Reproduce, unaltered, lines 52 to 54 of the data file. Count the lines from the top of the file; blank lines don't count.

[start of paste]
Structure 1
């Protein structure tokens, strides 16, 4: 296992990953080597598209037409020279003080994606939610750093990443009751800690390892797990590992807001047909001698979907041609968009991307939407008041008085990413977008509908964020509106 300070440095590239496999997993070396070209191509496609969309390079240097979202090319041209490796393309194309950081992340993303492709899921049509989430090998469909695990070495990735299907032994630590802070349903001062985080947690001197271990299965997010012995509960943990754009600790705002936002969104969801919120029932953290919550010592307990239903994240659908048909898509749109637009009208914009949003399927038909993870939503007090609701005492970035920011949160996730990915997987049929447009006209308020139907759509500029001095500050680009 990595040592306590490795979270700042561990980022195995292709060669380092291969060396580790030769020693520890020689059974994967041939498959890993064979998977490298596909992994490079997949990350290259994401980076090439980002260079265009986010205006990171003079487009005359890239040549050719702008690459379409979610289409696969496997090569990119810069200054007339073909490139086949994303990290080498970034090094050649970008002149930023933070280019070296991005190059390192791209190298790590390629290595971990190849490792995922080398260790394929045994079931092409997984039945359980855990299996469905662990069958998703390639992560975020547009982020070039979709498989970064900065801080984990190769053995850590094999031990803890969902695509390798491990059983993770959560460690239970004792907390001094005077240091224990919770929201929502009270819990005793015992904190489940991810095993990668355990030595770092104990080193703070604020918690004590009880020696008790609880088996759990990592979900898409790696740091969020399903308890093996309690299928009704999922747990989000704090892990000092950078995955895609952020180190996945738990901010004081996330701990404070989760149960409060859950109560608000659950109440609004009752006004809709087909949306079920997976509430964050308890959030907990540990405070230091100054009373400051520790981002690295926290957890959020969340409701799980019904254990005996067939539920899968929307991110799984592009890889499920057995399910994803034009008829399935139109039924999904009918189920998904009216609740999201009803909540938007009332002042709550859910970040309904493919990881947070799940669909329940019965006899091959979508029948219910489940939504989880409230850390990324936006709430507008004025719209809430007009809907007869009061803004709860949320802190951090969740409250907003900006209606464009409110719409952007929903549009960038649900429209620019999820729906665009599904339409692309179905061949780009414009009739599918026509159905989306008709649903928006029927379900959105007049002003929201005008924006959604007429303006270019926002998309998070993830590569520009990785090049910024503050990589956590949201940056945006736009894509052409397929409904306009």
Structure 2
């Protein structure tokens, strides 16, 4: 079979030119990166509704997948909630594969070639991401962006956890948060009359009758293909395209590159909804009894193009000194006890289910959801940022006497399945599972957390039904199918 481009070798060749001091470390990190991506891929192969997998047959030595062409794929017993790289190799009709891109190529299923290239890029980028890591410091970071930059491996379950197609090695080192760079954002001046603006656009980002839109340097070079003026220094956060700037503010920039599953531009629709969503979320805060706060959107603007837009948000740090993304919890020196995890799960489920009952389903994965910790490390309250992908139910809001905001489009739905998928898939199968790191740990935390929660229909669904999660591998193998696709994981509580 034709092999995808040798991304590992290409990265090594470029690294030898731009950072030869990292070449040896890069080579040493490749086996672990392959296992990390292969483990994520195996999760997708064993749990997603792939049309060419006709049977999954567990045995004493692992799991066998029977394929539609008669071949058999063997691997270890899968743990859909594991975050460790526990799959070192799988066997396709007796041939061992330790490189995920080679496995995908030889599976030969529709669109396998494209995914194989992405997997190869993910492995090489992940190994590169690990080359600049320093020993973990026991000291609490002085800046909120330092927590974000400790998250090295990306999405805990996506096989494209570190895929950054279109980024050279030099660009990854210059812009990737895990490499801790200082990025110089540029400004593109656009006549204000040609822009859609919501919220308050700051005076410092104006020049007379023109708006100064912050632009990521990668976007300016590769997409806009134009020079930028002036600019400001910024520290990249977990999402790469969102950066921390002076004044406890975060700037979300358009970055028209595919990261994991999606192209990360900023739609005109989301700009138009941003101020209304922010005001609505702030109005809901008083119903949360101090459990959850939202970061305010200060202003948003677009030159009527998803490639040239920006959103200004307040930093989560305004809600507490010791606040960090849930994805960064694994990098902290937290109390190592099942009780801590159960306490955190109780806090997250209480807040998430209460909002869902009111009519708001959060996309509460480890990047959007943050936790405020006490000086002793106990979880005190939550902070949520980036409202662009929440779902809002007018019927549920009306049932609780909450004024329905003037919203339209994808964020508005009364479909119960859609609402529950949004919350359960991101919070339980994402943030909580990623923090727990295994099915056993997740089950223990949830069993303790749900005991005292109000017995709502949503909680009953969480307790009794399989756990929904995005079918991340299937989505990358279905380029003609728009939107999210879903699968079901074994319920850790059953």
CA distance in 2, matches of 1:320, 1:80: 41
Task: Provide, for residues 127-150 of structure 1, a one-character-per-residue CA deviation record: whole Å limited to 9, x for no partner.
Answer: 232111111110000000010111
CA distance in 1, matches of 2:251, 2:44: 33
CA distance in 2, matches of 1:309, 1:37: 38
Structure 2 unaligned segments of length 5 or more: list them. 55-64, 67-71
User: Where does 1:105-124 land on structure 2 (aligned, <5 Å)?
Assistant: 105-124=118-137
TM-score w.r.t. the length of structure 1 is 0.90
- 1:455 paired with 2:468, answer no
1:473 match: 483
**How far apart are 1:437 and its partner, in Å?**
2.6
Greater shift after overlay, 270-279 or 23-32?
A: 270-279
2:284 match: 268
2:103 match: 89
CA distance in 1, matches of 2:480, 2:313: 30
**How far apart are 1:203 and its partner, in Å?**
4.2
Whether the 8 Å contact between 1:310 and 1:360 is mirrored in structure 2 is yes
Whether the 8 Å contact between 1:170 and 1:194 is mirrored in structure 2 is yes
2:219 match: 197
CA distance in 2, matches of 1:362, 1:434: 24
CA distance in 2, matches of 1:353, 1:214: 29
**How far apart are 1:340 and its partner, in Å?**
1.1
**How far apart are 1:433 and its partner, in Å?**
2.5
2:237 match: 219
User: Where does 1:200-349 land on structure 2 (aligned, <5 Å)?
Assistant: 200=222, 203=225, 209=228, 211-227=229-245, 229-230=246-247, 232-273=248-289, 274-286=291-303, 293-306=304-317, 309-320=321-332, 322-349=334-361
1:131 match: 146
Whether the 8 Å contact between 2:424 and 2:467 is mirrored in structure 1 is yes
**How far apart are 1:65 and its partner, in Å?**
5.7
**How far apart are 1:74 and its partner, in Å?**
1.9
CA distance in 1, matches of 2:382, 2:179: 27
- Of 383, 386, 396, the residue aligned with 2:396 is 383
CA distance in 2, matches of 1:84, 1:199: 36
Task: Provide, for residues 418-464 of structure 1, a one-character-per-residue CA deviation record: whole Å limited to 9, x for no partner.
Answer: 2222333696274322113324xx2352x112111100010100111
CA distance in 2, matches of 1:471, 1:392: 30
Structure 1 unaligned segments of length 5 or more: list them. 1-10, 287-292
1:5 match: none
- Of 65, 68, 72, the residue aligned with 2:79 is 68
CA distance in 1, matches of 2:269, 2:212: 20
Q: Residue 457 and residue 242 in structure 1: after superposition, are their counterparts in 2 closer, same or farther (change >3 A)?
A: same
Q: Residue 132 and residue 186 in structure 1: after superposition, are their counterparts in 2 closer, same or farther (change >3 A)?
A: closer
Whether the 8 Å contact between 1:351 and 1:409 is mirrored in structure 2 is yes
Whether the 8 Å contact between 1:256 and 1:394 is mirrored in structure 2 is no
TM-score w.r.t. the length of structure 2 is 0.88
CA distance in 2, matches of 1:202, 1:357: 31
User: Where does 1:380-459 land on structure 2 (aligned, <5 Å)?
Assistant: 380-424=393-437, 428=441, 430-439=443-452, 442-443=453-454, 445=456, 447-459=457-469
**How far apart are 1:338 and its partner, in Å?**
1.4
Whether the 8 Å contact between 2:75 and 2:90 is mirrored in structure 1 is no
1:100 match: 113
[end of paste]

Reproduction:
CA distance in 1, matches of 2:269, 2:212: 20
Q: Residue 457 and residue 242 in structure 1: after superposition, are their counterparts in 2 closer, same or farther (change >3 A)?
A: same